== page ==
The NTSB disagrees. The NTSB is responsible for major crash investigations involving trucks, aircraft, trains, etc., and after a thorough investigation of several horrific crashes, released findings calling for enhanced school bus safety.
In 2008, NHTSA was set to enact new regulations requiring three point seat belts, but it only went as far as mandating them in small, van-based buses, and not Class C and D buses that the majority of school children ride on.
This is the NHTA’s official position on school bus seat belts:
“There is insufficient reason for a Federal mandate for seat belts on large school buses.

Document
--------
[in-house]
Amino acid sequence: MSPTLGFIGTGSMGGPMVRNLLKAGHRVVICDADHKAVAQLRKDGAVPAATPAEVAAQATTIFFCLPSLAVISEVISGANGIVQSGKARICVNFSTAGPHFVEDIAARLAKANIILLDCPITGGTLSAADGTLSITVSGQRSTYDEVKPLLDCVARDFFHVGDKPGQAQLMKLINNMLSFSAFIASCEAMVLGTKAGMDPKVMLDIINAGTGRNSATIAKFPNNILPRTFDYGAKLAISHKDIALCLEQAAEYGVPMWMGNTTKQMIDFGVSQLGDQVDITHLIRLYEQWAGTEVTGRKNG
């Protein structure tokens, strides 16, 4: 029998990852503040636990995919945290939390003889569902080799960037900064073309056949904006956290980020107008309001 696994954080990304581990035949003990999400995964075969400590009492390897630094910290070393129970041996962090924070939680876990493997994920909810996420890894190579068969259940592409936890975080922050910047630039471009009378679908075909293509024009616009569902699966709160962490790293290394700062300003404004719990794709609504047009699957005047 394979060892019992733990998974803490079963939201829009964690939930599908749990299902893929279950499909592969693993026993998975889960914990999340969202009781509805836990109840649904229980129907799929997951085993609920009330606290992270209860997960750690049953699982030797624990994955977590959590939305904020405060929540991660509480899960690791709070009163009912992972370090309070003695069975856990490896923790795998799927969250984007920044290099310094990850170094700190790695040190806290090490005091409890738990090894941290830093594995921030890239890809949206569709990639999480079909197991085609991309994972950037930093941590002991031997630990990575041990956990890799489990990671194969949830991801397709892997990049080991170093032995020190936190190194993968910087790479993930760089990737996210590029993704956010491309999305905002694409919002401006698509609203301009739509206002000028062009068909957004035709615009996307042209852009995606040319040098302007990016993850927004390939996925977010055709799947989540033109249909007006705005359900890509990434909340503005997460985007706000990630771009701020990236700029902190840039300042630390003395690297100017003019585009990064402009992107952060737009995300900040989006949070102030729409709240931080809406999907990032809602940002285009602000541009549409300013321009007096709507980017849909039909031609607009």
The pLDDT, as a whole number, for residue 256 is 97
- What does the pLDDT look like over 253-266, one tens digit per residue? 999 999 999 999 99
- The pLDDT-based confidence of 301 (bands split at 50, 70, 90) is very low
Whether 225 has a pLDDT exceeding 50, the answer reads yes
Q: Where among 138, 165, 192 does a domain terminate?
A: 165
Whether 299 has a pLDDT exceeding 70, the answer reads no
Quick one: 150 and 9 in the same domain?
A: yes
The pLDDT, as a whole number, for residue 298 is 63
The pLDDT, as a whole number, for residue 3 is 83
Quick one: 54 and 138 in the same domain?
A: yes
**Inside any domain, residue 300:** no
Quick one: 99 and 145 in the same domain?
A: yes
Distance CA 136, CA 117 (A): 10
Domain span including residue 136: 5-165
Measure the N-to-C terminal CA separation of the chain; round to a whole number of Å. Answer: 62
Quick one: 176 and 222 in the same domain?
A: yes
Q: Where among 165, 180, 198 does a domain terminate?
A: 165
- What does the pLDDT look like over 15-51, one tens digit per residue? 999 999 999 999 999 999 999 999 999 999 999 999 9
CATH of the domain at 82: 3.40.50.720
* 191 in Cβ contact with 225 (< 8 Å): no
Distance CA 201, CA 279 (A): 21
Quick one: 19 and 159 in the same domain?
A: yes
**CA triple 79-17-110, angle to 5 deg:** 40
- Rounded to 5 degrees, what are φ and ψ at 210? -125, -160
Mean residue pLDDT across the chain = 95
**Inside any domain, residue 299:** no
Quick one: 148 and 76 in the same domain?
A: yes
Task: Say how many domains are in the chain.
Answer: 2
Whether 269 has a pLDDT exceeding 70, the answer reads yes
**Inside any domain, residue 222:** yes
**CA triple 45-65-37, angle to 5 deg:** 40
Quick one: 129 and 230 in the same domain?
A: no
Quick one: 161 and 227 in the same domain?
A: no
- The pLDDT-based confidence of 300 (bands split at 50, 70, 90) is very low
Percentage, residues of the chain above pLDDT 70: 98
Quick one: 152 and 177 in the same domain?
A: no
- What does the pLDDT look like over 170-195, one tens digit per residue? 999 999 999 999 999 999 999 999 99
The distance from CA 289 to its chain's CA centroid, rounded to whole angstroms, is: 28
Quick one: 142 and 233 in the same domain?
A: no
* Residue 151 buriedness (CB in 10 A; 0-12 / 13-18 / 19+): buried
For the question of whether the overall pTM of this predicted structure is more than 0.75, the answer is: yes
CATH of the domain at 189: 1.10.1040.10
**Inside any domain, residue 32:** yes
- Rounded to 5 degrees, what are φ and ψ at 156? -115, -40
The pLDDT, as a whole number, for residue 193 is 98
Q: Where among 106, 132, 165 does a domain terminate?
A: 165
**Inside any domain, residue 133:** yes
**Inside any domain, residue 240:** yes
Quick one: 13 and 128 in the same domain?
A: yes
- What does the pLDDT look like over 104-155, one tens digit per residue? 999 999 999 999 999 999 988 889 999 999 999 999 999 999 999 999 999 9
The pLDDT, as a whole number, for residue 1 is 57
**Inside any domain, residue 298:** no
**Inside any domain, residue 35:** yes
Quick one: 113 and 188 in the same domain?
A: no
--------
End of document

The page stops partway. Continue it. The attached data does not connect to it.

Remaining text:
School bus transportation is one of the safest forms of transportation in the United States. We require all new school buses to meet safety requirements over and above those applying to all other passenger vehicles.
These include requirements for improved emergency exits, roof structure, seating and fuel systems, and bus body joint integrity. These requirements help ensure that school buses are extremely safe.”
For now, parents will continue to face significant fines if their children aren’t buckled up in their passenger cars, but kids in most states will remain untethered when they ride to school.